Propulsion and Energy

Lighting fires that can’t be extinguished

The High-Speed Air-Breathing Propulsion Technical Committee works to advance the science and technology of systems that enable supersonic and hypersonic air vehicle propulsion.

In August, the U.S. Air Force announced that a Northrop Grumman-built air-breathing hypersonic engine set an Air Force record for thrust. The supersonic combustion ramjet or scramjet engine achieved over 13,000 pounds (58,000 newtons) of thrust during nine months of ground testing by the Aerodynamic and Propulsion Test Unit at the Air Force’s Arnold Engineering Development Complex in Tennessee.

The 5.5-meter-long engine demonstrated an unprecedented and remarkably large increase in mass flow capacity, compared to the service’s last major scramjet initiative, the flights of the X-51. “A new engine with 10 times the flow of the X-51 would allow for a new class of scramjet vehicles,” said Todd Barhorst, an Air Force Research Laboratory aerospace engineer, in an Air Force news article. Barhorst is the lead for the Medium Scale Critical Components Scramjet program.

Engineers were pleased that the engine endured an accumulated half hour of combustion over the course of the test program.

The tests were made possible by a two-year upgrade to the Aerodynamic and Propulsion Test Unit’s facility.

NASA, in September, completed fabrication of the Isolator Dynamics Research Laboratory at Langley Research Center in Virginia, which is capable of Mach 2.5 cold flow.

In June, Purdue University received a $5.9 million contract from AFRL for risk-reduction and design studies for a Mach-8 quiet wind tunnel to be constructed at the university.

In July, Space Engine Systems Inc. of Edmonton, Alberta, which aims to build a single-stage-to-orbit scramjet vehicle, tested a complete engine at a 4-kilonewtons thrust scale, simulating conditions from takeoff to Mach 5 at an altitude of 98,000 feet. Performance of the connectionless titanium heat exchanger was demonstrated this year by removing 3.9 megawatts for just under 11 milliseconds. Heat transfer rates were increased by 40% by injecting nanoparticles in upstream hydrogen, confirming the selection of Boron Carbide nanoparticles for rapid pre-cooling, shockwave control and augmented combustion performance.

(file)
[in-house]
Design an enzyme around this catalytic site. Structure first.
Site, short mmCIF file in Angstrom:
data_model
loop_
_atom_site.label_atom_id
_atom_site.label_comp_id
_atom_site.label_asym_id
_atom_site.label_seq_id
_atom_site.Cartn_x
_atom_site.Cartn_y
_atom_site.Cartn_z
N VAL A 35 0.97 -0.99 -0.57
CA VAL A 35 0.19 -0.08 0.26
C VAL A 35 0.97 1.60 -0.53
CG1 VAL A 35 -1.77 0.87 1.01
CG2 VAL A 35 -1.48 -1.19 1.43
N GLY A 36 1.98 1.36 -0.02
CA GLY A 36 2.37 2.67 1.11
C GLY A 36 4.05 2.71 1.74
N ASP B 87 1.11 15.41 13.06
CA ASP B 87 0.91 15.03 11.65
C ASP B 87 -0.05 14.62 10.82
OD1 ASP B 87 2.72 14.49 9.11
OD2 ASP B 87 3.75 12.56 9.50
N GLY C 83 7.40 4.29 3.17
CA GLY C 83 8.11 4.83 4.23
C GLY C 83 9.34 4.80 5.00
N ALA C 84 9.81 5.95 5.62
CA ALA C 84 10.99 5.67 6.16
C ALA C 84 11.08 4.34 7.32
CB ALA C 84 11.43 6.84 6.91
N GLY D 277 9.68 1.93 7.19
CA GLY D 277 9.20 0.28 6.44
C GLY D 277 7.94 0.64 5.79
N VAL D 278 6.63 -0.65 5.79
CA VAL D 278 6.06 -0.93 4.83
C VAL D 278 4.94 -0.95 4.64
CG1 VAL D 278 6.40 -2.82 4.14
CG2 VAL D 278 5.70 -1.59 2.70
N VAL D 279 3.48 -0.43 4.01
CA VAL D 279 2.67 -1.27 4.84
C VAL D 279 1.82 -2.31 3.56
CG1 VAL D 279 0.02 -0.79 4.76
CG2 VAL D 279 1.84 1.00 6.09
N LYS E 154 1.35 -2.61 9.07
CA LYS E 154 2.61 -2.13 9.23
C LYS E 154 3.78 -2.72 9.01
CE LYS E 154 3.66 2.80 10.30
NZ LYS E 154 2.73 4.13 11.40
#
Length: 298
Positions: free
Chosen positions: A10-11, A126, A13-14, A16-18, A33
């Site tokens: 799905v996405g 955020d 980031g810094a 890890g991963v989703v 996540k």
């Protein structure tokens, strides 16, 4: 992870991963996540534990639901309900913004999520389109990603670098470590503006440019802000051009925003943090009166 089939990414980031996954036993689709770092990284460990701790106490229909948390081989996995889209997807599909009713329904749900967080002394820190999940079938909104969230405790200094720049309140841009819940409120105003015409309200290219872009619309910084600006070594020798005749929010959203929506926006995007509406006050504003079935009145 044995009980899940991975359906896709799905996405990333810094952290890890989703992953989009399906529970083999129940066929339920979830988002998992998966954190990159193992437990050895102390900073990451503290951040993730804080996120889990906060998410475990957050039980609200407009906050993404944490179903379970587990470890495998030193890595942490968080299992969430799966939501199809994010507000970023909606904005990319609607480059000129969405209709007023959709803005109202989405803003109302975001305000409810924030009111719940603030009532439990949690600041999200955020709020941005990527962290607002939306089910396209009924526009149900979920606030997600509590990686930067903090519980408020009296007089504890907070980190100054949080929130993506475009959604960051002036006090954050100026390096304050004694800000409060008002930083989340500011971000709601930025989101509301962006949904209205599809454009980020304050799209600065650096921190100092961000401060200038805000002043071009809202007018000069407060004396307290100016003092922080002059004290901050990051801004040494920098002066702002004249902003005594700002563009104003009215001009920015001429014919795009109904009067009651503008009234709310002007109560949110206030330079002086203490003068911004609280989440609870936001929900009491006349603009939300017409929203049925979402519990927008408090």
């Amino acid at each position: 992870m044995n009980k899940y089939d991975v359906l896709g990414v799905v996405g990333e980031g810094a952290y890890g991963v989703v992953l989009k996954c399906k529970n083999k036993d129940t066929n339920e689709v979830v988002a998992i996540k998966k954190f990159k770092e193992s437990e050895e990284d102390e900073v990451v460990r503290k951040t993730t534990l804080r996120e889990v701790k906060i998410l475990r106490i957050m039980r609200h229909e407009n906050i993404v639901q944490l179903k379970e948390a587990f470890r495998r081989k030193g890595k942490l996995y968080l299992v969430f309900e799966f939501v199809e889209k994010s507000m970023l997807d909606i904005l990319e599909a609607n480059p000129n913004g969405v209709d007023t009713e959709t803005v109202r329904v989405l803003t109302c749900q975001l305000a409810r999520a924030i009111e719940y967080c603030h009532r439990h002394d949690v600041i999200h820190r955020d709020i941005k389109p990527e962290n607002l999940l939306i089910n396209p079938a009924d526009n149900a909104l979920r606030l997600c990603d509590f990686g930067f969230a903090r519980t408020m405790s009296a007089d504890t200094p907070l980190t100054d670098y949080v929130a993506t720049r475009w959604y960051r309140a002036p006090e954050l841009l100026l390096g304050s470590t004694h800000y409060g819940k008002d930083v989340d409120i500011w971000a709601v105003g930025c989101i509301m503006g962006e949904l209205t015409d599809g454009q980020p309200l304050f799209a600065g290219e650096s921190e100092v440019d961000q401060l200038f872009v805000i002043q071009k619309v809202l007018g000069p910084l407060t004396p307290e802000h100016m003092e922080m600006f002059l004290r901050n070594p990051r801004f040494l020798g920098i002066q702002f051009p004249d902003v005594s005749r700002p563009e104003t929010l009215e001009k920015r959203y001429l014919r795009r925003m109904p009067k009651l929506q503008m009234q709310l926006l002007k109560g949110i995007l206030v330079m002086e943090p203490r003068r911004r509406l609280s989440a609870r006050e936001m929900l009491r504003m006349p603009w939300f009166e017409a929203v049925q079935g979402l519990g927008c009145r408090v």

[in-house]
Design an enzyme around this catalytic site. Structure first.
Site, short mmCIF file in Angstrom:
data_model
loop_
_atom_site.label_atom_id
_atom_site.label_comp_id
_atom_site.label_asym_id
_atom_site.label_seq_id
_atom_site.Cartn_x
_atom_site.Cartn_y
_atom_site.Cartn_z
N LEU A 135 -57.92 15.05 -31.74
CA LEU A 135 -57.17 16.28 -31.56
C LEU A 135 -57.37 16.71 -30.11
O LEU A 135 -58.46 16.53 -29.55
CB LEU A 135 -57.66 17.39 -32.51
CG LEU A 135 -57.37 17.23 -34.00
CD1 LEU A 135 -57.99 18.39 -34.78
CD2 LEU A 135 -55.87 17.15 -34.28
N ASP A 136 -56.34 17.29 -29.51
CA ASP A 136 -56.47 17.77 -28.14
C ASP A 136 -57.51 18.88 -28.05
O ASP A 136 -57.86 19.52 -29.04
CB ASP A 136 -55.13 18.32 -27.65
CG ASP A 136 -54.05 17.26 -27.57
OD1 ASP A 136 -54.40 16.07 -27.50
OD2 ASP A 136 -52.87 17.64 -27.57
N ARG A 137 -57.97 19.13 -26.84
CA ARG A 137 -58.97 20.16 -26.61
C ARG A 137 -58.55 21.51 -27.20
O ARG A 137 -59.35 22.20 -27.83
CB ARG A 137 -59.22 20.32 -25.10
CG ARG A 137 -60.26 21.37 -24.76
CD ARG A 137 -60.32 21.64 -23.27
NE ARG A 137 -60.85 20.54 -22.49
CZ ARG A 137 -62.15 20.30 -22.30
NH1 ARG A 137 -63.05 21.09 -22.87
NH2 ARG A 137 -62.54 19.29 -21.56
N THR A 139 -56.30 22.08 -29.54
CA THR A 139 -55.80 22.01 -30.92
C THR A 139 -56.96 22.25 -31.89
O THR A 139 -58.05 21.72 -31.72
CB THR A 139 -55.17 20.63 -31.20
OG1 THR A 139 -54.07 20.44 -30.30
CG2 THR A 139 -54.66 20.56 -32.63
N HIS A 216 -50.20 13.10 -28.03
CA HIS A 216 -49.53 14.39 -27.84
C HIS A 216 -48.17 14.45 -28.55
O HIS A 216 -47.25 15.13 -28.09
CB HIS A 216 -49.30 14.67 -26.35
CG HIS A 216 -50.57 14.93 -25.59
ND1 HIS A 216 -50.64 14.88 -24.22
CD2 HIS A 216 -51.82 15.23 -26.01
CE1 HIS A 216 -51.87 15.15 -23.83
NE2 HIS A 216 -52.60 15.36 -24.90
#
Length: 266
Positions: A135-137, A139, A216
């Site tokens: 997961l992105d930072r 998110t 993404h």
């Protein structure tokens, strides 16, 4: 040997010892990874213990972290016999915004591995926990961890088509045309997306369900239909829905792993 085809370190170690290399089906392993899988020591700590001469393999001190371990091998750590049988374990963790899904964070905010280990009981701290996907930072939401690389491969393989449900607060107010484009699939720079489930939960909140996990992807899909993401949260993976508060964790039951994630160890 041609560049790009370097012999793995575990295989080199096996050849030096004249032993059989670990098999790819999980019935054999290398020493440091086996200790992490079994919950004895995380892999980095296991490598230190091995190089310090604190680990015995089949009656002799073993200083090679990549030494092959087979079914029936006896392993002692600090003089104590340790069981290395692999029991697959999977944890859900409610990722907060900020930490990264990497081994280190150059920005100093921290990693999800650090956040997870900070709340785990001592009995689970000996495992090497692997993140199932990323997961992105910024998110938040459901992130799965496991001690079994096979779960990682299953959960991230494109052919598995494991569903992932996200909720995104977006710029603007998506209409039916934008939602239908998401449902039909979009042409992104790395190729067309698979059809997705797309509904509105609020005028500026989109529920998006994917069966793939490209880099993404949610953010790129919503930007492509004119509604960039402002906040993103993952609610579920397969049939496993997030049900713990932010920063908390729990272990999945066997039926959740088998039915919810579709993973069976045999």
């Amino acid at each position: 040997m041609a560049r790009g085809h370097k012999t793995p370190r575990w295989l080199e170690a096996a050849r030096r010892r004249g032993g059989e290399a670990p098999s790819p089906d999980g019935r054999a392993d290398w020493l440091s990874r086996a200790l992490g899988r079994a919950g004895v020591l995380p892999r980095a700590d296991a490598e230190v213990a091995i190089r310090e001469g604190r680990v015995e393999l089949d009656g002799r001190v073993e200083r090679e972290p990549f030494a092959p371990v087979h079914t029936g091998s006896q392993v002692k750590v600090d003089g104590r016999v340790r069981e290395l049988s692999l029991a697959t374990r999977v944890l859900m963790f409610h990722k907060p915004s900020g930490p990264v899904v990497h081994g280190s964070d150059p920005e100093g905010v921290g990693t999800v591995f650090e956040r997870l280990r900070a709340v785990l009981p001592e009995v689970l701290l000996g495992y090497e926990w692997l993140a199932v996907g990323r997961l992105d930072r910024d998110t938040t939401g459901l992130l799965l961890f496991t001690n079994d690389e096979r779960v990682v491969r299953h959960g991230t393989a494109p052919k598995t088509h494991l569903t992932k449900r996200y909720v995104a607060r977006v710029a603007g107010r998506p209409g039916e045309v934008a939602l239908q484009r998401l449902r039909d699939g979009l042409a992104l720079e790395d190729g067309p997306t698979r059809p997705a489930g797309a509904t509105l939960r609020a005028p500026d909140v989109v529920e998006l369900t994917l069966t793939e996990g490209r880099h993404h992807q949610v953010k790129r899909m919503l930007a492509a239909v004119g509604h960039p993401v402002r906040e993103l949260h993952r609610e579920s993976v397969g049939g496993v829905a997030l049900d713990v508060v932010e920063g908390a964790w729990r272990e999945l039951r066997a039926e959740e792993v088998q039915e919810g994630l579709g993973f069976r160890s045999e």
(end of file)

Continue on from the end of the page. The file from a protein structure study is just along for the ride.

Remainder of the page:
In Europe, the Institute of Space Propulsion at DLR, the German Aerospace Center, conducted experiments to investigate acoustic flow instabilities and the applicability of transpiration cooling systems in scramjets and the interaction between a wedge/flame holder and coolant secondary flow. The DLR’s test facility in Lampoldshausen, can achieve combustion chamber inlet conditions simulating flight speeds ranging from Mach 5.5 to 8. In January, the facility was upgraded with optical measurement capabilities; high-speed and pseudo-color background-oriented schlieren. The facility’s shock generator positions were explored for shock-boundary layer interactions using gaseous hydrogen as a secondary coolant through different porous wall segments made of sintered stainless steel and carbon fiber reinforced ceramics. The cooling efficiency of the hydrogen was increased by these interactions, while the reflected/impinging shocks and interactions led to coolant ignition. DLR, in May, also focused on acoustically generated instabilities in the combustion chamber flow, nozzle flow and inlet flow, where it was proved that screeching frequencies can cause issues to nozzle and inlet flows, but were mostly swallowed by the combustion chamber.

Turning to Asia, JAXA, the Japan Aerospace Exploration Agency, in April finished building a subscale hypersonic engine and experimental flight vehicle known as HIMICO, short for High-Mach Integrated Control Experiment.

India’s Defense Research and Development Organization in June conducted a flight test of its Hypersonic Technology Demonstrator Vehicle, an unmanned scramjet demonstration aircraft with a short operating capability of about 20 seconds. The trial was carried out from Abdul Kalam Island in the Bay of Bengal.

Contributors: Todd Barhorst, Brandon Chynoweth, Robin Hunt, Jesse Kadosh, Masataka Maita, Sean Smith, Friedolin Strauss and Hideyuki Taguchi

Lighting fires that can’t be extinguished